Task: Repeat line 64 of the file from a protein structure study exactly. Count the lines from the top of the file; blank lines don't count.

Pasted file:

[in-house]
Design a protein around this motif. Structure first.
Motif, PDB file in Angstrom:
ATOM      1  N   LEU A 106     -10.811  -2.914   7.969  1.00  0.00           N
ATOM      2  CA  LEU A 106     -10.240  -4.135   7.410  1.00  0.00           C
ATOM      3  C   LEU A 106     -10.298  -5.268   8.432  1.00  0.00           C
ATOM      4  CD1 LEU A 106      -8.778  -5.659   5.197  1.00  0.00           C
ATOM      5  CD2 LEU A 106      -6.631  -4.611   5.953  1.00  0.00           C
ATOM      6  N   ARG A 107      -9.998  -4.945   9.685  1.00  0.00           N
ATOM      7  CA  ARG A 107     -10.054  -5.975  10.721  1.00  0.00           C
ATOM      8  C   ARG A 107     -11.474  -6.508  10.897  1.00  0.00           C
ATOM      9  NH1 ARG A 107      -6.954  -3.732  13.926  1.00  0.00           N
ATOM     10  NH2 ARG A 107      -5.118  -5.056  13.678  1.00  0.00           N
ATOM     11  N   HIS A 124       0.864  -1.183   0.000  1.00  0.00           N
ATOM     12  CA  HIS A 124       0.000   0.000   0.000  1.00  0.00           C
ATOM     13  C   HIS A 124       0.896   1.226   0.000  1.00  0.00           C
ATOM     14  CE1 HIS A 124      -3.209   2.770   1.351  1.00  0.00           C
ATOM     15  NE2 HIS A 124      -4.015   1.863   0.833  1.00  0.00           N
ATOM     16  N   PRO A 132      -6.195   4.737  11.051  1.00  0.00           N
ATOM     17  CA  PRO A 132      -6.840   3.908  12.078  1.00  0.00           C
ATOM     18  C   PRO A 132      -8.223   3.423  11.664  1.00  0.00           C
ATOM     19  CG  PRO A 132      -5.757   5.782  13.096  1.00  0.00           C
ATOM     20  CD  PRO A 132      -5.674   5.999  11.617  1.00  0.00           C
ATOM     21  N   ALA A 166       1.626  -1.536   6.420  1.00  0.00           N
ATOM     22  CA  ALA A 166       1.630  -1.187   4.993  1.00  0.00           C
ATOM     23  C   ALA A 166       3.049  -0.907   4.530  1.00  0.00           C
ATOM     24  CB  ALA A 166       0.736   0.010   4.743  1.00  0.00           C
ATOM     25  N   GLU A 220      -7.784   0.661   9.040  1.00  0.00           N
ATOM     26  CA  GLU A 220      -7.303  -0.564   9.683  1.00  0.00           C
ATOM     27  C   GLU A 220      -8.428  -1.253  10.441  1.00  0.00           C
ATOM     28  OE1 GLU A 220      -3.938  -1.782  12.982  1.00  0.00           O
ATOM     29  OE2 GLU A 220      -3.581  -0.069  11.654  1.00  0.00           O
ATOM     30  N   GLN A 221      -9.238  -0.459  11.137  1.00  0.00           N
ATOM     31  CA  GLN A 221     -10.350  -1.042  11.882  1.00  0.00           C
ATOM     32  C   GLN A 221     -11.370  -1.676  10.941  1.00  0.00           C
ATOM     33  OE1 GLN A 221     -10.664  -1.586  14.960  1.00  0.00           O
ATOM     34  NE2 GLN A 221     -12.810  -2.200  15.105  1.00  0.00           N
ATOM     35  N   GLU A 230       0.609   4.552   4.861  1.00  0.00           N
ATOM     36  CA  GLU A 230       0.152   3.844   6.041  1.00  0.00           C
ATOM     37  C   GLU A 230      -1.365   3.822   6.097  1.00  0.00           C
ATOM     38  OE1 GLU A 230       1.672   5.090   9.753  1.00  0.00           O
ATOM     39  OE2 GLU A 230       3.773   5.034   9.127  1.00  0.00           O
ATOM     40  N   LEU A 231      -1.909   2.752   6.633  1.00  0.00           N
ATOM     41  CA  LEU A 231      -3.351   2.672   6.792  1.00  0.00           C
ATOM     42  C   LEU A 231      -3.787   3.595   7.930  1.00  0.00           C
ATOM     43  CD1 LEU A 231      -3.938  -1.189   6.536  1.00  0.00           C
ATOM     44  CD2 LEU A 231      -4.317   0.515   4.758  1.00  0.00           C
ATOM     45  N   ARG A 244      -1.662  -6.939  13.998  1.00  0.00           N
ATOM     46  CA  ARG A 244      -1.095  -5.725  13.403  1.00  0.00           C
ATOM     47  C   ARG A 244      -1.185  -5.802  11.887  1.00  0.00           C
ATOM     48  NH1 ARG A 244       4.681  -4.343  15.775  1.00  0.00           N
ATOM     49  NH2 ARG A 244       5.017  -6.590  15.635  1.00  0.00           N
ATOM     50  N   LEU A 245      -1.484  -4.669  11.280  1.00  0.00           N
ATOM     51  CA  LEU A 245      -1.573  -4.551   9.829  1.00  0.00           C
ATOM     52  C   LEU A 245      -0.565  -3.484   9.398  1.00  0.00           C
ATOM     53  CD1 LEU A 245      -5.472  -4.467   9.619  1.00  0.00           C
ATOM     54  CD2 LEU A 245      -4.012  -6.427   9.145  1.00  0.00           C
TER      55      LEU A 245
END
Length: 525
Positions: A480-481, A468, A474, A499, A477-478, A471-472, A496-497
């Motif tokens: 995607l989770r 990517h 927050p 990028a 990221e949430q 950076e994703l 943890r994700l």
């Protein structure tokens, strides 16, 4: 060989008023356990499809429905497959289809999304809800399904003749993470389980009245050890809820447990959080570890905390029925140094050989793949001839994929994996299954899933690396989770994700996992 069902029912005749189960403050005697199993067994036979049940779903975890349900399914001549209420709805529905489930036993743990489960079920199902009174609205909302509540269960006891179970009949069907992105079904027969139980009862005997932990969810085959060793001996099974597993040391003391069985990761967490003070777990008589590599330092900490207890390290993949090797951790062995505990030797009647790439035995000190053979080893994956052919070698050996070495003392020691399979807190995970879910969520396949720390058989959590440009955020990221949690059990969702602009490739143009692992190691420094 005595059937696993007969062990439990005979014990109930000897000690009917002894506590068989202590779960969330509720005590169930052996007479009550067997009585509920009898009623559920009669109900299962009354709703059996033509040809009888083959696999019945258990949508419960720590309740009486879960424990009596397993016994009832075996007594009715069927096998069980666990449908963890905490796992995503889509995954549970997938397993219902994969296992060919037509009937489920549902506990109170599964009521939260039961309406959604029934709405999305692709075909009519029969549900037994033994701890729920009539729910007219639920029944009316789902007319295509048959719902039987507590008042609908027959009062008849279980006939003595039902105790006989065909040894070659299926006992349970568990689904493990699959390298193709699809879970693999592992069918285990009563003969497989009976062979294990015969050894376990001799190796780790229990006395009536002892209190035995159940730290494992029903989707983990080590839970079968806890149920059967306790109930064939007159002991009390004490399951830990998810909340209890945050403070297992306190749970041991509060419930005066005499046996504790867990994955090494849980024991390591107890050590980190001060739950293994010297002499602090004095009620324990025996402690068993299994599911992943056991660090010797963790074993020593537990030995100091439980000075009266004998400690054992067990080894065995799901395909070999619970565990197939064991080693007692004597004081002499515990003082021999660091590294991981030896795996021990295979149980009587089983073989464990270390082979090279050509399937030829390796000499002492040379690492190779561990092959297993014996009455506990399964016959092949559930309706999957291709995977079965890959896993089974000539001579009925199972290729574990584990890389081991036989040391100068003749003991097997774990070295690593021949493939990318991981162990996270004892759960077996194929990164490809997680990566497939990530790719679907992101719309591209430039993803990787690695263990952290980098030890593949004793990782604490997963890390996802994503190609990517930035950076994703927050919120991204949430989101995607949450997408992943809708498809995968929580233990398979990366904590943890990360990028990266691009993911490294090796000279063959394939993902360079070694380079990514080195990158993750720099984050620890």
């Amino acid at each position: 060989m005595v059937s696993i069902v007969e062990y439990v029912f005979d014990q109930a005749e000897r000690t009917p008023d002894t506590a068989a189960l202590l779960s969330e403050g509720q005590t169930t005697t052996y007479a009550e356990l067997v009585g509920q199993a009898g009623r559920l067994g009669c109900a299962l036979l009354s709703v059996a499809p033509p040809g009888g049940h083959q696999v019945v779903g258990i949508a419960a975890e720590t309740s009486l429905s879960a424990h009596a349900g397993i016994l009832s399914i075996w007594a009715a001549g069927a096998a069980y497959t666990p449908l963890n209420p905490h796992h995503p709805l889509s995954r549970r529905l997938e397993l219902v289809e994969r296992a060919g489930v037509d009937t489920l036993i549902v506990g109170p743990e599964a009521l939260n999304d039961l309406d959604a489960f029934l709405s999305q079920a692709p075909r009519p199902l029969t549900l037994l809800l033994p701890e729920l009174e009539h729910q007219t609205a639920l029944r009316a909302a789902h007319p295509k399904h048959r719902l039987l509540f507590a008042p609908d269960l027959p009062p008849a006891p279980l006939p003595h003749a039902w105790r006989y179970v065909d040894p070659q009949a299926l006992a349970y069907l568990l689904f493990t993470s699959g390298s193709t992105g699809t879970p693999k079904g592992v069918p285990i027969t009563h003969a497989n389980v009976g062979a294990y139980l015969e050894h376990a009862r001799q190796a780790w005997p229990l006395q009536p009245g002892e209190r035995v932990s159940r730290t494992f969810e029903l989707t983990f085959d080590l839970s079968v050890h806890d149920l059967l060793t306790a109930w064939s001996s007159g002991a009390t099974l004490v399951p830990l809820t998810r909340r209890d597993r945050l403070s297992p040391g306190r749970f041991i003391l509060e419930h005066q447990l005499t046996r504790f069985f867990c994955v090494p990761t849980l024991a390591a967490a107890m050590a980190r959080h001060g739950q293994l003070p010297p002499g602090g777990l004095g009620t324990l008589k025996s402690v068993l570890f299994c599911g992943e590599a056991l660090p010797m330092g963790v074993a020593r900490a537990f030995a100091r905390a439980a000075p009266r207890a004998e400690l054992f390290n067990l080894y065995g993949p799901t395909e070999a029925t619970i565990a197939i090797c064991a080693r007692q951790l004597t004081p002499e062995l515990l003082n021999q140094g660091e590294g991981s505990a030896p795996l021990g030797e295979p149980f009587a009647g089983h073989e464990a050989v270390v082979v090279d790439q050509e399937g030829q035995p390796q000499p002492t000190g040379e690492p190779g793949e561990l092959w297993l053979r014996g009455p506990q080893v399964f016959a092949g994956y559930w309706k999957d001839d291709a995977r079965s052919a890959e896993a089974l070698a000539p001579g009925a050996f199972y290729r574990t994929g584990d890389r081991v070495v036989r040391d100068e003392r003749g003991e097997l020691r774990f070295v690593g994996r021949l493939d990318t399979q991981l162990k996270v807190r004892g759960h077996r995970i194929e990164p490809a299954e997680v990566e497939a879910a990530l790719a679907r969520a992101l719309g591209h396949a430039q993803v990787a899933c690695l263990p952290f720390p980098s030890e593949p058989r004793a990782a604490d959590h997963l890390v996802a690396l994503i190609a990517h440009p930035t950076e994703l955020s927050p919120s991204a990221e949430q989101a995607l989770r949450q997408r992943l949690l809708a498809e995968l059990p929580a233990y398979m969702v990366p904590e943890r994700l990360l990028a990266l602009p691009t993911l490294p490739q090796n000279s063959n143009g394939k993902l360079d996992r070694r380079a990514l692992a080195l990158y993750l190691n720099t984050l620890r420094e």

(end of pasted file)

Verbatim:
């Amino acid at each position: 060989m005595v059937s696993i069902v007969e062990y439990v029912f005979d014990q109930a005749e000897r000690t009917p008023d002894t506590a068989a189960l202590l779960s969330e403050g509720q005590t169930t005697t052996y007479a009550e356990l067997v009585g509920q199993a009898g009623r559920l067994g009669c109900a299962l036979l009354s709703v059996a499809p033509p040809g009888g049940h083959q696999v019945v779903g258990i949508a419960a975890e720590t309740s009486l429905s879960a424990h009596a349900g397993i016994l009832s399914i075996w007594a009715a001549g069927a096998a069980y497959t666990p449908l963890n209420p905490h796992h995503p709805l889509s995954r549970r529905l997938e397993l219902v289809e994969r296992a060919g489930v037509d009937t489920l036993i549902v506990g109170p743990e599964a009521l939260n999304d039961l309406d959604a489960f029934l709405s999305q079920a692709p075909r009519p199902l029969t549900l037994l809800l033994p701890e729920l009174e009539h729910q007219t609205a639920l029944r009316a909302a789902h007319p295509k399904h048959r719902l039987l509540f507590a008042p609908d269960l027959p009062p008849a006891p279980l006939p003595h003749a039902w105790r006989y179970v065909d040894p070659q009949a299926l006992a349970y069907l568990l689904f493990t993470s699959g390298s193709t992105g699809t879970p693999k079904g592992v069918p285990i027969t009563h003969a497989n389980v009976g062979a294990y139980l015969e050894h376990a009862r001799q190796a780790w005997p229990l006395q009536p009245g002892e209190r035995v932990s159940r730290t494992f969810e029903l989707t983990f085959d080590l839970s079968v050890h806890d149920l059967l060793t306790a109930w064939s001996s007159g002991a009390t099974l004490v399951p830990l809820t998810r909340r209890d597993r945050l403070s297992p040391g306190r749970f041991i003391l509060e419930h005066q447990l005499t046996r504790f069985f867990c994955v090494p990761t849980l024991a390591a967490a107890m050590a980190r959080h001060g739950q293994l003070p010297p002499g602090g777990l004095g009620t324990l008589k025996s402690v068993l570890f299994c599911g992943e590599a056991l660090p010797m330092g963790v074993a020593r900490a537990f030995a100091r905390a439980a000075p009266r207890a004998e400690l054992f390290n067990l080894y065995g993949p799901t395909e070999a029925t619970i565990a197939i090797c064991a080693r007692q951790l004597t004081p002499e062995l515990l003082n021999q140094g660091e590294g991981s505990a030896p795996l021990g030797e295979p149980f009587a009647g089983h073989e464990a050989v270390v082979v090279d790439q050509e399937g030829q035995p390796q000499p002492t000190g040379e690492p190779g793949e561990l092959w297993l053979r014996g009455p506990q080893v399964f016959a092949g994956y559930w309706k999957d001839d291709a995977r079965s052919a890959e896993a089974l070698a000539p001579g009925a050996f199972y290729r574990t994929g584990d890389r081991v070495v036989r040391d100068e003392r003749g003991e097997l020691r774990f070295v690593g994996r021949l493939d990318t399979q991981l162990k996270v807190r004892g759960h077996r995970i194929e990164p490809a299954e997680v990566e497939a879910a990530l790719a679907r969520a992101l719309g591209h396949a430039q993803v990787a899933c690695l263990p952290f720390p980098s030890e593949p058989r004793a990782a604490d959590h997963l890390v996802a690396l994503i190609a990517h440009p930035t950076e994703l955020s927050p919120s991204a990221e949430q989101a995607l989770r949450q997408r992943l949690l809708a498809e995968l059990p929580a233990y398979m969702v990366p904590e943890r994700l990360l990028a990266l602009p691009t993911l490294p490739q090796n000279s063959n143009g394939k993902l360079d996992r070694r380079a990514l692992a080195l990158y993750l190691n720099t984050l620890r420094e």